Well-coordinated data collection system a must
Fisheries need a coordinated system to accurately monitor fisheries landings and operations.
27 August 2018 | Ministries
Bernard Esau, minister of fisheries and marine resources: "We need to produce timely data, which will ease the process of reporting promptly..."
Fisheries and marine resources minister Bernard Esau urged delegates attending a statistical data-flow workshop to come up with a well-coordinated data collection system.
Easu said the envisioned system should enable the ministry to accurately monitor fisheries landings operations and emphasised the need to find and resolve bottlenecks which hinder the production of high quality and timely delivered statistical data.
“Reliable statistics are a crucial criterion for evidence-based planning and policy formulation at both national and local levels. It is only through timely, accurate and quality data that we can bring about meaningful changes to the economy,” Esau told attendees during the opening of the workshop.
According to the minister NDP5 reporting shows that there is a slight decrease of 3% in landings of 2017/18 (524 440 metric tonnes) as compared to the 540 811 metric tonnes that was landed in 2016/17.
“I believe this amount could improve if we establish an effective data flow system. We therefore need to produce timely data, which will ease the process of reporting promptly to the request of our stakeholders and indicate the progress of our set goals and initiatives in NDP5. This can only be achieved if we all work together in a cohesive and collaborative manner.”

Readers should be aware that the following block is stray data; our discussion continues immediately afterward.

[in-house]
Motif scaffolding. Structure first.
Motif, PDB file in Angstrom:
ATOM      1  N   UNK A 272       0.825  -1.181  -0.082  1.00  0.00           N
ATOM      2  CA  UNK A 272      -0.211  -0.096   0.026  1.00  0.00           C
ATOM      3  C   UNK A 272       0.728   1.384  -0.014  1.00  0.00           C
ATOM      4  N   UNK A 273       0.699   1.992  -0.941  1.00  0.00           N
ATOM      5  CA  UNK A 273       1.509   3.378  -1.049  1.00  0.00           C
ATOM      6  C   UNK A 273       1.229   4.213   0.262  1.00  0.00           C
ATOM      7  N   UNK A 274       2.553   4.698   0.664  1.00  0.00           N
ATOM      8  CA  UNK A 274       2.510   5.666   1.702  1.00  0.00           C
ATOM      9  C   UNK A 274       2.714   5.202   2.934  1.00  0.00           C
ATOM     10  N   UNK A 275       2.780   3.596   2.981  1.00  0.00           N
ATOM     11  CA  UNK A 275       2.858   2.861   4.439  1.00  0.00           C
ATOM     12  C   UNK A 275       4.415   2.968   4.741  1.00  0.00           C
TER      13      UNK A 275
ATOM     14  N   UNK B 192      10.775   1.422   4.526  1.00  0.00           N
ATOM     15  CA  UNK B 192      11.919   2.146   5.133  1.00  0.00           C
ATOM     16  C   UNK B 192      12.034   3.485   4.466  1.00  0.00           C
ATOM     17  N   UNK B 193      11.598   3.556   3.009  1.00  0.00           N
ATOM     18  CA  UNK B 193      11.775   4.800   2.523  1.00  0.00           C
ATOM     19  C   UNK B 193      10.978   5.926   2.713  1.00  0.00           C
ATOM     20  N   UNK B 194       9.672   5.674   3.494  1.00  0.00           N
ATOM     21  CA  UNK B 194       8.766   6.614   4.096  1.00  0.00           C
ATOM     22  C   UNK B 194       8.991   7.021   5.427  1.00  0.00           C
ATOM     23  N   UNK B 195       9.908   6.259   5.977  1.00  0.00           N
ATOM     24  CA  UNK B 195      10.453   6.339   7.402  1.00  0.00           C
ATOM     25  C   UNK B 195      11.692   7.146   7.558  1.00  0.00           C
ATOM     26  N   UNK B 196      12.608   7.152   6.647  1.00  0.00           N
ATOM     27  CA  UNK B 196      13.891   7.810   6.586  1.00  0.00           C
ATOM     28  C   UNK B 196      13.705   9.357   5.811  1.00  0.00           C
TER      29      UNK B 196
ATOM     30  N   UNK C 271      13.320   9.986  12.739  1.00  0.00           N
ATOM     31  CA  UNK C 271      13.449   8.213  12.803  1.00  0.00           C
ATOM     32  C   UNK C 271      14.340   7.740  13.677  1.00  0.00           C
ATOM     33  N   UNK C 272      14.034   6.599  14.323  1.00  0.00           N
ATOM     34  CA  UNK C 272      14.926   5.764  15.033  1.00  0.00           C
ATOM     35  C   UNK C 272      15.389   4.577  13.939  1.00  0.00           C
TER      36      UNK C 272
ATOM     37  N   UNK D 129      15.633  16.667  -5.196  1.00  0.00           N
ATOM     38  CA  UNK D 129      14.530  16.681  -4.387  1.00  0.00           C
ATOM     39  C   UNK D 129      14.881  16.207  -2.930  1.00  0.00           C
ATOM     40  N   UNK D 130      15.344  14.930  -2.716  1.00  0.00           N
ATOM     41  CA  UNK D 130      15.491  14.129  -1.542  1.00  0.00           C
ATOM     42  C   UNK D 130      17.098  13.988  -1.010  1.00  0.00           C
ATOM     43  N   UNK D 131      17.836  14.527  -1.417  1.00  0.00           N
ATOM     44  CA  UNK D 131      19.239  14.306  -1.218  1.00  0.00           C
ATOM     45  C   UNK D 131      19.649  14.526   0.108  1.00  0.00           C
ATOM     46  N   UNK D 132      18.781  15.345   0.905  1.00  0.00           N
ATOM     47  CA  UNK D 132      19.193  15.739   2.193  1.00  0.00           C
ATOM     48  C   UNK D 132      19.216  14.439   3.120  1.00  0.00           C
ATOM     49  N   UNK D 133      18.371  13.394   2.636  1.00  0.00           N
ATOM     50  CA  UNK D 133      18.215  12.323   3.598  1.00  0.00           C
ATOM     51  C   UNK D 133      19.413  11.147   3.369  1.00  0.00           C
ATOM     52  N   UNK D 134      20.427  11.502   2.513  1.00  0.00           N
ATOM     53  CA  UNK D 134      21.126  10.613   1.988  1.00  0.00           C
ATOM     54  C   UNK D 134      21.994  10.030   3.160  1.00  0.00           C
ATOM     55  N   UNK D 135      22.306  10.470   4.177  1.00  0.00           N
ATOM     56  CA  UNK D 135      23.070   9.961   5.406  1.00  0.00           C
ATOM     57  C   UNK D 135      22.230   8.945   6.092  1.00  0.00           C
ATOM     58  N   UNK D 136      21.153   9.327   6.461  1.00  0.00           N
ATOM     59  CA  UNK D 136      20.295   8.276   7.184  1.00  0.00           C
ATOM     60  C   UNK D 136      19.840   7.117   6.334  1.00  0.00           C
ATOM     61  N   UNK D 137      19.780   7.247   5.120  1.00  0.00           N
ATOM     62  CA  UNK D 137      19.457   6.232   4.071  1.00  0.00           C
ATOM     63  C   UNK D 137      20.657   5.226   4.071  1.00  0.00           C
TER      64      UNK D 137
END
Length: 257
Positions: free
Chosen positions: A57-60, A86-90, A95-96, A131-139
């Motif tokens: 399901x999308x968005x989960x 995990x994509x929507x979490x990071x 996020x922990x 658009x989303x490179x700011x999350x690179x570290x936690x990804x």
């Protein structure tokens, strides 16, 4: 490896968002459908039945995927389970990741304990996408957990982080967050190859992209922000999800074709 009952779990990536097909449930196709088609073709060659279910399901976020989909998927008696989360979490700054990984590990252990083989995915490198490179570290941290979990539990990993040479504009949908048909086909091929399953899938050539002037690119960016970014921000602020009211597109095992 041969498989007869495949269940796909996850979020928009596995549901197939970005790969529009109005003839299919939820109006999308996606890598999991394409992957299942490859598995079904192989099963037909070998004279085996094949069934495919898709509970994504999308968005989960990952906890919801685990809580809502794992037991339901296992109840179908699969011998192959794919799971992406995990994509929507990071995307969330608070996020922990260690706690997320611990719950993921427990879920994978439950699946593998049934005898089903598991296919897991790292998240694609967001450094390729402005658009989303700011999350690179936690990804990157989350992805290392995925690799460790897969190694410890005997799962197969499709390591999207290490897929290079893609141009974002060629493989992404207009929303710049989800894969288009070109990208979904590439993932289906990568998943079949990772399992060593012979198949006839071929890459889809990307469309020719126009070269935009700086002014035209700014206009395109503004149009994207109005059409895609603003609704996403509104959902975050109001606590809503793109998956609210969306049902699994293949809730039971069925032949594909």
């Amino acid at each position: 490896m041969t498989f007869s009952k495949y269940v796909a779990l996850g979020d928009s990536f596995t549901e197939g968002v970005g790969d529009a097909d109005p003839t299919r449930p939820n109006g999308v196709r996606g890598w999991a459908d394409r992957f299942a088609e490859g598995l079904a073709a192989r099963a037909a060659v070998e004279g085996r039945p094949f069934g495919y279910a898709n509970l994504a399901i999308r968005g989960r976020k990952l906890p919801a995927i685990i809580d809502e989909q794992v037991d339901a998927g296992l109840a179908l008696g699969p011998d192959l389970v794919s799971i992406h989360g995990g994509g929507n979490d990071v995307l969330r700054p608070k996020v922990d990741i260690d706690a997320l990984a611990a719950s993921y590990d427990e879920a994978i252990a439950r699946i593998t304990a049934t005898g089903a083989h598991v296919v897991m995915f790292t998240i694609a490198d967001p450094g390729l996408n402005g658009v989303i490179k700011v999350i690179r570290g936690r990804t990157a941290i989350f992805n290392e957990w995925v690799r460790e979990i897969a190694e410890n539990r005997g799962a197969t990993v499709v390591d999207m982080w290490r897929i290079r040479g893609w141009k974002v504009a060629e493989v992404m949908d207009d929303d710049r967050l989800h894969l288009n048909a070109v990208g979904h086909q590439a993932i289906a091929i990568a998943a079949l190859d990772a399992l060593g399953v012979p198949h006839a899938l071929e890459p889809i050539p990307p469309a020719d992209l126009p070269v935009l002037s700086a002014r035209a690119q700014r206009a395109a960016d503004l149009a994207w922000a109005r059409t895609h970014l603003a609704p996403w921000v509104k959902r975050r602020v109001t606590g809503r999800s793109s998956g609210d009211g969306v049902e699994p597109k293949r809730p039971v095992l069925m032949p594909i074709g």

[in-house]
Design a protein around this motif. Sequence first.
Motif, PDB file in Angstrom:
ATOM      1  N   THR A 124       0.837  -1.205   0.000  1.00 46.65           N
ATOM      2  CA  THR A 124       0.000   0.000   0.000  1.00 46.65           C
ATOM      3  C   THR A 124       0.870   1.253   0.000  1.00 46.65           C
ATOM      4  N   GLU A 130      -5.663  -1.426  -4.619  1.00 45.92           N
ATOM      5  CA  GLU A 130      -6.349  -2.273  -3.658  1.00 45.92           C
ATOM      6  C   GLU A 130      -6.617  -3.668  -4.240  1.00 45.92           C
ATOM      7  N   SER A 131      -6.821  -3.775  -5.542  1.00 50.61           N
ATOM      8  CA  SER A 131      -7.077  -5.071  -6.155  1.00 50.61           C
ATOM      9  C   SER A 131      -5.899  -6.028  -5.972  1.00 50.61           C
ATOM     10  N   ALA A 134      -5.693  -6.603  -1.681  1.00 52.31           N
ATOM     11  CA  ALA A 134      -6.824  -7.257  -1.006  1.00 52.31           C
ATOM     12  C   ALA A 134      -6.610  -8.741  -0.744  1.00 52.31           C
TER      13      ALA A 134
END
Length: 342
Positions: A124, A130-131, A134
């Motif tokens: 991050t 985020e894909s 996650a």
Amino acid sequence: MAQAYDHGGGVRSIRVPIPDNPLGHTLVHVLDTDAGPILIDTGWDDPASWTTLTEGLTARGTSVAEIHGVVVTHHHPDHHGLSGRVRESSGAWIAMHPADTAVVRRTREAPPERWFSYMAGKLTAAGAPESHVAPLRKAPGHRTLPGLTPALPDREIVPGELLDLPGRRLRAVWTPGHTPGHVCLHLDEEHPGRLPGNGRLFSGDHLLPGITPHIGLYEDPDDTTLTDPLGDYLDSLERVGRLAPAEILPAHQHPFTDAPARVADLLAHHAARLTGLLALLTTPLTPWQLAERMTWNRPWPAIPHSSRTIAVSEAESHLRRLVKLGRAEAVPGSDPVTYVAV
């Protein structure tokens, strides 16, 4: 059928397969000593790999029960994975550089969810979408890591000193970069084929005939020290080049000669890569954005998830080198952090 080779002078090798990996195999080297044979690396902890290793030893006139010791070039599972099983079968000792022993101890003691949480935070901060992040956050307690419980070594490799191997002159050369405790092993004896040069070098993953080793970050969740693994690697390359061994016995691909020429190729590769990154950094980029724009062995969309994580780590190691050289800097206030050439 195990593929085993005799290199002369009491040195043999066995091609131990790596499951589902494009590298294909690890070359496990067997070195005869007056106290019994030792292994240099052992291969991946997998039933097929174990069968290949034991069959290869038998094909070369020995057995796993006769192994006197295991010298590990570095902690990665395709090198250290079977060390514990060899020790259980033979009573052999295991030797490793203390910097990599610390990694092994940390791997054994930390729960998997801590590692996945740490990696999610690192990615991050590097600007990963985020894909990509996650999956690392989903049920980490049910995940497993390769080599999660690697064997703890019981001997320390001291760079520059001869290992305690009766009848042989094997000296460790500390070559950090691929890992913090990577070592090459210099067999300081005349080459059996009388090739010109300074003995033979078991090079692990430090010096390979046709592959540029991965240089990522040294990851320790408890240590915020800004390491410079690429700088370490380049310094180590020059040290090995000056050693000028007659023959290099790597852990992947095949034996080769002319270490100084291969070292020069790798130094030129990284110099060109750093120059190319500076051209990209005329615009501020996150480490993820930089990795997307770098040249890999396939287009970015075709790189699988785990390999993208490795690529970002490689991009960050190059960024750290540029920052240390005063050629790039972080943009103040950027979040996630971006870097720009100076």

Esau also pointed out that the world is rapidly changing and said data users have an increased expectation of high quality data that is fit for a purpose.
He further stressed the importance of the fisheries sector and the major role it plays in contributing to national development, food security, sustainable development, the improvement of livelihoods and its important contribution towards the realisation of Vision 2030 as well as the achievement of National Development Plans (NDPs) and the Harambee Prosperity Plan (HPP).
"The fisheries sector is one of the highest contributors to the economy and second only to the mining sector in terms of exports. The management of the country’s commercial fisheries is based on a system by which rights are granted, total allowable catch are set based on research results and quotas are issued to rights holders. This system has evolved over the years and served Namibia well in terms of monitoring, control and surveillance (MCS) and stock rebuilding."
The workshop, hosted at the national marine information and research centre (Natmirc) in Swakopmund, brought together all staff members that are involved in the process of data collection, to collaborate, discuss and find solution to the challenges that are affecting the process of data flow within the ministry.